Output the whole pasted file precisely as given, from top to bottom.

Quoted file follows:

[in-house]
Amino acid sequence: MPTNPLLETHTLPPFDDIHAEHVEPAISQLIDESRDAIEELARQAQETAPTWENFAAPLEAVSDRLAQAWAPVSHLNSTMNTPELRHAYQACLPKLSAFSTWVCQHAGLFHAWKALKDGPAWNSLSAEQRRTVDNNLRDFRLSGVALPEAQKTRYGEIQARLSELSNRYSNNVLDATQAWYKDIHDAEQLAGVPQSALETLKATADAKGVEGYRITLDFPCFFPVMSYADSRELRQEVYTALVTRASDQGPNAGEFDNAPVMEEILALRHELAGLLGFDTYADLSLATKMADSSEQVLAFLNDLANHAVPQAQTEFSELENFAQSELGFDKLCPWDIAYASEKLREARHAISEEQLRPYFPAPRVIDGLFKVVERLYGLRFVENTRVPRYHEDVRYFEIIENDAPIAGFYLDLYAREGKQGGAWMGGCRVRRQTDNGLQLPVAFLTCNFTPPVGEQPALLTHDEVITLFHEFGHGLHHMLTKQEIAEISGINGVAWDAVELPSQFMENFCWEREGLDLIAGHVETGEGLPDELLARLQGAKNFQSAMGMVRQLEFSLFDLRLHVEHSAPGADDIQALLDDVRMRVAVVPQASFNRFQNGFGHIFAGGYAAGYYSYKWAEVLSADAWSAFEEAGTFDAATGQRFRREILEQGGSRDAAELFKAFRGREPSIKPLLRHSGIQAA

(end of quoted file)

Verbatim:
[in-house]
Amino acid sequence: MPTNPLLETHTLPPFDDIHAEHVEPAISQLIDESRDAIEELARQAQETAPTWENFAAPLEAVSDRLAQAWAPVSHLNSTMNTPELRHAYQACLPKLSAFSTWVCQHAGLFHAWKALKDGPAWNSLSAEQRRTVDNNLRDFRLSGVALPEAQKTRYGEIQARLSELSNRYSNNVLDATQAWYKDIHDAEQLAGVPQSALETLKATADAKGVEGYRITLDFPCFFPVMSYADSRELRQEVYTALVTRASDQGPNAGEFDNAPVMEEILALRHELAGLLGFDTYADLSLATKMADSSEQVLAFLNDLANHAVPQAQTEFSELENFAQSELGFDKLCPWDIAYASEKLREARHAISEEQLRPYFPAPRVIDGLFKVVERLYGLRFVENTRVPRYHEDVRYFEIIENDAPIAGFYLDLYAREGKQGGAWMGGCRVRRQTDNGLQLPVAFLTCNFTPPVGEQPALLTHDEVITLFHEFGHGLHHMLTKQEIAEISGINGVAWDAVELPSQFMENFCWEREGLDLIAGHVETGEGLPDELLARLQGAKNFQSAMGMVRQLEFSLFDLRLHVEHSAPGADDIQALLDDVRMRVAVVPQASFNRFQNGFGHIFAGGYAAGYYSYKWAEVLSADAWSAFEEAGTFDAATGQRFRREILEQGGSRDAAELFKAFRGREPSIKPLLRHSGIQAA